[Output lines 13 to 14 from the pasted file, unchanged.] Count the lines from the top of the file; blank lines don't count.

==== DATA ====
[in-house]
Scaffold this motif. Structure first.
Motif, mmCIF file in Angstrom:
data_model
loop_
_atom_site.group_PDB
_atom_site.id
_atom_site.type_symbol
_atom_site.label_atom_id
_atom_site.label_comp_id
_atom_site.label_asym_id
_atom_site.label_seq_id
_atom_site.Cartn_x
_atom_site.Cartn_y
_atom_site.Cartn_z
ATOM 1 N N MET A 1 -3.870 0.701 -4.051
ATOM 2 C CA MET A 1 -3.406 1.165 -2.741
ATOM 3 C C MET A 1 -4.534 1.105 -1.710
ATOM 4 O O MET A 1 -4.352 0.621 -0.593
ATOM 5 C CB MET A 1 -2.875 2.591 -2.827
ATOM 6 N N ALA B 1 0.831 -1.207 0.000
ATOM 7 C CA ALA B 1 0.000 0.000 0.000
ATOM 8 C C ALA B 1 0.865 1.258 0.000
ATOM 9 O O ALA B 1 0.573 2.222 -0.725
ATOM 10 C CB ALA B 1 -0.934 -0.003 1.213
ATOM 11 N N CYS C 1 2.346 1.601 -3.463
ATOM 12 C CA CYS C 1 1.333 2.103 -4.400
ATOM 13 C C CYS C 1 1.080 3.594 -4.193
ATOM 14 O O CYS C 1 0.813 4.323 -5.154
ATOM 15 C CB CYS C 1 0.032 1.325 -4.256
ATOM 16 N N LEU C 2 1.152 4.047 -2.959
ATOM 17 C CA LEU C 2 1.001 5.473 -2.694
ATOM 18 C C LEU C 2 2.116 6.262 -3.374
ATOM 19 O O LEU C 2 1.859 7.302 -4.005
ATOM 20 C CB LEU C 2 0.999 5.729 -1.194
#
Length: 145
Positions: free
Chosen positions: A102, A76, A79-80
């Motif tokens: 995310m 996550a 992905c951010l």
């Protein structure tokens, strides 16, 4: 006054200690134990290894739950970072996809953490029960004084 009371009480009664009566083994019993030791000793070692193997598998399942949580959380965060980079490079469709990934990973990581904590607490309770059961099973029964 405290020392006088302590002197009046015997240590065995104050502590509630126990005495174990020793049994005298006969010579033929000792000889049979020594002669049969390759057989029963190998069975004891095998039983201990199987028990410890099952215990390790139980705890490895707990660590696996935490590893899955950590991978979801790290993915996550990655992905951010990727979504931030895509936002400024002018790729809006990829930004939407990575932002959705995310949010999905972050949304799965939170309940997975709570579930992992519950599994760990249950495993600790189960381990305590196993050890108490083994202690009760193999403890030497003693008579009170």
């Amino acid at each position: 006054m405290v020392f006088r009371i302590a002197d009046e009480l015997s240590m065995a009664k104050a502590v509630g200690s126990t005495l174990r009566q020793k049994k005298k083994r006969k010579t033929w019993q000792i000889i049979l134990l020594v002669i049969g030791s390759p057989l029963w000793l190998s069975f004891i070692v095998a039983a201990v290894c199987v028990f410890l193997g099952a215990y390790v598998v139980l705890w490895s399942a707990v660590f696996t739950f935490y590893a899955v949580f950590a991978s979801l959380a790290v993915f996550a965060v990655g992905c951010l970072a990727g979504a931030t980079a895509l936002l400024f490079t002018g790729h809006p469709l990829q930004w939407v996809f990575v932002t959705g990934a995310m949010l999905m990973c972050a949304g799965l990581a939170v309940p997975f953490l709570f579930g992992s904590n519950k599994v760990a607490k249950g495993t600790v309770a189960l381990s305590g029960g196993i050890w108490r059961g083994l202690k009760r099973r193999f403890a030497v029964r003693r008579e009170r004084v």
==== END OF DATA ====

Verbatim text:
_atom_site.Cartn_x
_atom_site.Cartn_y